January 24, 2020

Rachel Eulena Williams is interviewed by Emily Burns in Maake Magazine.

Hi Rachel! Can you tell us a bit about your background and what first piqued your interest in art? Do you have any memories of early creative moments?
I live and work in Brooklyn and was born and raised in Miami. I’m sure growing up in Miami has had an enormous effect on my creativity, there is an appreciation for art that is very much a part of the landscape and culture. I was lucky to have been introduced to art in a time where the city was beginning to love contemporary art with the buildup of Art Basel Miami. I can remember trips to museums and seeing work from radical and exciting contemporary artists from all over the world. Work that was thought provoking and interesting, which for me was a very unique experience. Thinking back, I was so confused at how everything got there, it really felt like magic.

Have you always worked in a vein that is similar to the way you work now? What interests have remained throughout your career so far?
For the most part yes, my work has always been searching for this texture/ground relationship that quite literally gives you something you can feel with your eyes. Painting found objects, collaging painting to sculpture and forms, it has all led me to the work I make now. I was and still am constantly searching for materials and how they could interact with my drawings.

Is drawing part of your process? Can you walk us through your current process?
Drawing for me is so important! I draw regularly and use it to really explore as much as possible. I focus on really letting myself draw whatever comes to my mind, or trying to finish a whole sketchbook and see what comes from prolonged focus. It’s usually in my drawing that I am able to really see my ideas, even subconscious ones that I wish I could understand. The drawing is almost a muse, with layers of imagery coming from multiple drawings.

My process feeds from drawing, most days I take a look at my drawings before I start anything. I create all of the elements of my work separately, giving each element some individuality. From shaping and dying the ropes, I secure them with wire and use that to make line work. Those become the armature for the cut, canvas shapes that I then sew and paint.

Text and various letterforms frequently appear on the surfaces of your work. When did text first become part of the visual landscape? Where does the text come from?
I began working with text when I took an interest in design, which ended pretty quickly but the thing that did stick around was an interest in text and communication design. I became pretty obsessed with how different scripts and fonts told their own different story. I worked in calligraphy and I began to focus on the letter form. I developed this understanding that text functioned like color and that it too had its own personality. I began adding it to my work when I began looking into symbols and their meanings. With texting, character limits and abbreviations, two letters in the right context can represent a whole thought. I wanted to incorporate text abstractly, seeing what sounds I could evoke, or words I could communicate Thinking of language and communication as color I incorporate hand painted signage, and find ways to mold letters or fill the negative space of letter forms.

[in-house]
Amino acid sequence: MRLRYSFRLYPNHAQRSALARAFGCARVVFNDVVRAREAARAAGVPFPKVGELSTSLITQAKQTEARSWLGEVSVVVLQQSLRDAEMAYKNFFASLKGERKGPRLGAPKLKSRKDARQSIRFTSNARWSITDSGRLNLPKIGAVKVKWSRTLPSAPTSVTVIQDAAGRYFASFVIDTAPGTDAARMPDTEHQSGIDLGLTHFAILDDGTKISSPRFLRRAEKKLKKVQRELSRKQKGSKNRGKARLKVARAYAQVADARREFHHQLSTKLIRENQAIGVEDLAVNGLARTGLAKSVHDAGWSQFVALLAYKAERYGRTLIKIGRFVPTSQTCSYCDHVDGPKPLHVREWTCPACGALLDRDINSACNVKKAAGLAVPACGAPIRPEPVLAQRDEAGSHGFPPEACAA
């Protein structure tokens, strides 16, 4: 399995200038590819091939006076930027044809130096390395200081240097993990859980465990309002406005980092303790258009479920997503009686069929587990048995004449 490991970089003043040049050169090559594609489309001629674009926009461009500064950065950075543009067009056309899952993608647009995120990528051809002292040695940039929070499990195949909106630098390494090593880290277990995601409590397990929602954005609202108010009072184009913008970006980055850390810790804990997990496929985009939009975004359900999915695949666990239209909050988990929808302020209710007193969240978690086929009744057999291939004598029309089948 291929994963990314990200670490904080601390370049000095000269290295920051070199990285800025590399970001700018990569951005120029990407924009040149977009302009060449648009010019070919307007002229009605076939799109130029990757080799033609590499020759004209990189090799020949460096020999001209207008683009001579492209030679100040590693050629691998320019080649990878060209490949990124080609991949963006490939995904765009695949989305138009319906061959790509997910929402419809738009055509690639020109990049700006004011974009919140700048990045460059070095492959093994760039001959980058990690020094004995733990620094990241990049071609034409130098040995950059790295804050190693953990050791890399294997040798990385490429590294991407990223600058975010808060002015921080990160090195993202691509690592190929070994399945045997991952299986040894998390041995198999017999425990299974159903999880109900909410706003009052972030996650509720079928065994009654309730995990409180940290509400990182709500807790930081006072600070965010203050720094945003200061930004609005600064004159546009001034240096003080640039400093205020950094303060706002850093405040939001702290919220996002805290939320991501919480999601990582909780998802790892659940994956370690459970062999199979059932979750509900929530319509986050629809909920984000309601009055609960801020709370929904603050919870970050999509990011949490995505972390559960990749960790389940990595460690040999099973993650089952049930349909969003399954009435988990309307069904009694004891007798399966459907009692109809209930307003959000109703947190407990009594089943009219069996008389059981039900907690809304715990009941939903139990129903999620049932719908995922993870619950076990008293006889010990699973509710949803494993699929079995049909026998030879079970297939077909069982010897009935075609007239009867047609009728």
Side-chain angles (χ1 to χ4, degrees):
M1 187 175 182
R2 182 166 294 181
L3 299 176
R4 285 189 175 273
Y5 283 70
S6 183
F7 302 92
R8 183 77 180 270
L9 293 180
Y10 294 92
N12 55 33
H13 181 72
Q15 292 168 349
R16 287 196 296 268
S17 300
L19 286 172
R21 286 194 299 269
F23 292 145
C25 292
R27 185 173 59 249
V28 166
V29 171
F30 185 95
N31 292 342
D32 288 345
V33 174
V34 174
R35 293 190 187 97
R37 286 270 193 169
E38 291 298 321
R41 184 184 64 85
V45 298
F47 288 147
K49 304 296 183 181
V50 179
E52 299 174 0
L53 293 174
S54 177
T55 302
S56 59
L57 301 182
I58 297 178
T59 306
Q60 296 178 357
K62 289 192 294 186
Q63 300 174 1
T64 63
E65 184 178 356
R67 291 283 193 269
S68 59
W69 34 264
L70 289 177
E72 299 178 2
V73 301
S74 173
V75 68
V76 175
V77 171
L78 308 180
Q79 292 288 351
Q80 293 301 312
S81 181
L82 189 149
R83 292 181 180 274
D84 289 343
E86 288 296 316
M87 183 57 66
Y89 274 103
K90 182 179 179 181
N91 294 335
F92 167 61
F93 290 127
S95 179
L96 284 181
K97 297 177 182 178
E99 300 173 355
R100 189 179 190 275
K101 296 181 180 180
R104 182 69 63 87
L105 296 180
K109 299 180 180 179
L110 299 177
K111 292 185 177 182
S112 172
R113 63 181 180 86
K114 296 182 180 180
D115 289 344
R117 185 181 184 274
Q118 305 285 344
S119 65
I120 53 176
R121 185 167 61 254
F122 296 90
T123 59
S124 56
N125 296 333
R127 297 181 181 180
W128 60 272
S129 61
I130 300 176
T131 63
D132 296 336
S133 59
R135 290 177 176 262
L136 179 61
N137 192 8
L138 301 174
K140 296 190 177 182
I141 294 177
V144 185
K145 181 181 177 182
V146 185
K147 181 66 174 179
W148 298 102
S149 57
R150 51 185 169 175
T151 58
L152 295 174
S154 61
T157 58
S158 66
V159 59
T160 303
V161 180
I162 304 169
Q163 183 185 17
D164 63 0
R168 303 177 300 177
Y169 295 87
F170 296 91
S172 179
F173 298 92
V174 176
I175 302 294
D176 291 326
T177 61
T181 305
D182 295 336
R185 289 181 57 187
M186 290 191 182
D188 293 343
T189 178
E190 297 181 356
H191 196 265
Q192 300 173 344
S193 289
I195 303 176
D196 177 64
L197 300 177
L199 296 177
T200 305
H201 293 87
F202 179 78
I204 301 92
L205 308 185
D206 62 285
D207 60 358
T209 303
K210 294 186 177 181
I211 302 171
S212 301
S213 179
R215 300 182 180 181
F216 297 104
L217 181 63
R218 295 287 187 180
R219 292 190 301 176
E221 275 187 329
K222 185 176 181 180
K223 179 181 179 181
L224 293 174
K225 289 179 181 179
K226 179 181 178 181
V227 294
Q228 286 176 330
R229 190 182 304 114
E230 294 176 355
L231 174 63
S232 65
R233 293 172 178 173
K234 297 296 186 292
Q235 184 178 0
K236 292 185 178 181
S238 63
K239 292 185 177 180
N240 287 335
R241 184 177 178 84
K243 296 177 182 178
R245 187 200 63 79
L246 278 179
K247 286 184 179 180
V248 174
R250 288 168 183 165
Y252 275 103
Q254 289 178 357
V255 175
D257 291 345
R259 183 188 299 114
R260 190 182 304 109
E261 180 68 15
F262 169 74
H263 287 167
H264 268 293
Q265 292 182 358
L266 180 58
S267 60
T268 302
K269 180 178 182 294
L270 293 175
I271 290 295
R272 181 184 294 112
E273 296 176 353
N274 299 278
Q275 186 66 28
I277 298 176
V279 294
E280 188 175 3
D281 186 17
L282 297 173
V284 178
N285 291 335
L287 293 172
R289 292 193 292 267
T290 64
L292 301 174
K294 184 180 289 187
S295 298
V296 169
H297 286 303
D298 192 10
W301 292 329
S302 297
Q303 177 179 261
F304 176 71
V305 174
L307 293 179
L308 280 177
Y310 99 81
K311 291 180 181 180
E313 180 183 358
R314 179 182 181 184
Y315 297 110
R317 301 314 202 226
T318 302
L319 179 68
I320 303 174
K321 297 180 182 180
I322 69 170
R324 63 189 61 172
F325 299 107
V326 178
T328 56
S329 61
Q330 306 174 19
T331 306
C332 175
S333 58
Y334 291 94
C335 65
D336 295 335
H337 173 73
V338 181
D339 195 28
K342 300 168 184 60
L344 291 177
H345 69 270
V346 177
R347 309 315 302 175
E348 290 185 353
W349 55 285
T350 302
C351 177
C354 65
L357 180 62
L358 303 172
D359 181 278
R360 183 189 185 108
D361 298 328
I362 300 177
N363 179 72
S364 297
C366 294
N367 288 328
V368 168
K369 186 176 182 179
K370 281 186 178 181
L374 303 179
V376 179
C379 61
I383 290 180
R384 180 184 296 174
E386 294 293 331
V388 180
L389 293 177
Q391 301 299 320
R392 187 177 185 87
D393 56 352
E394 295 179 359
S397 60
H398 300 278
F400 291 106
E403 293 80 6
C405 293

In addition to rope and canvas, you use other materials as well. Where do you source these items from? Does their provenance have any significance? In particular, I am thinking of the piece, Hanging Shield, 2019 from your recent exhibition, Go Away Road, at Loyal Gallery in Stockholm, or the hammock work from NADA this year!
I am usually sourcing materials based on their relationship to painting techniques, looking for textures that will convey the marks and lines from my drawings. The hammock is a new addition to my materials and I couldn’t be more excited. I currently have a hammock work on display at the nada house on Governors Island with Cooper Cole Gallery. I was initially drawn to its ability to blend with the rope. I enjoy how adding common materials to art can really questions our perception in many ways. With the rope, there is the transformation of it to line, mark and shape. The object begins to defy your understanding of its uses and common environment, taking you on a journey through the material history.

Your work seems to be becoming larger in scale as of late. Can you talk about how you approach scale?
I think it has been a natural progression, at one time I made really huge drawings. I think that scale is quite tricky but I really think that scale finds you, depending on the subject matter or materials. For me the hammocks have introduced a sense of openness, along with new interests leading me towards bigger works. I am very engaged with the negative space that my work creates, searching for more has lead me to larger works.

Your work casts unique, colorful shadows on the wall, adding an exciting visual element not present in typical works on canvas or 3D sculptures not exhibited on a flat surface. Have you ever created purely sculptural work shown in a 3D context? If so, how do these relate to
your wall works?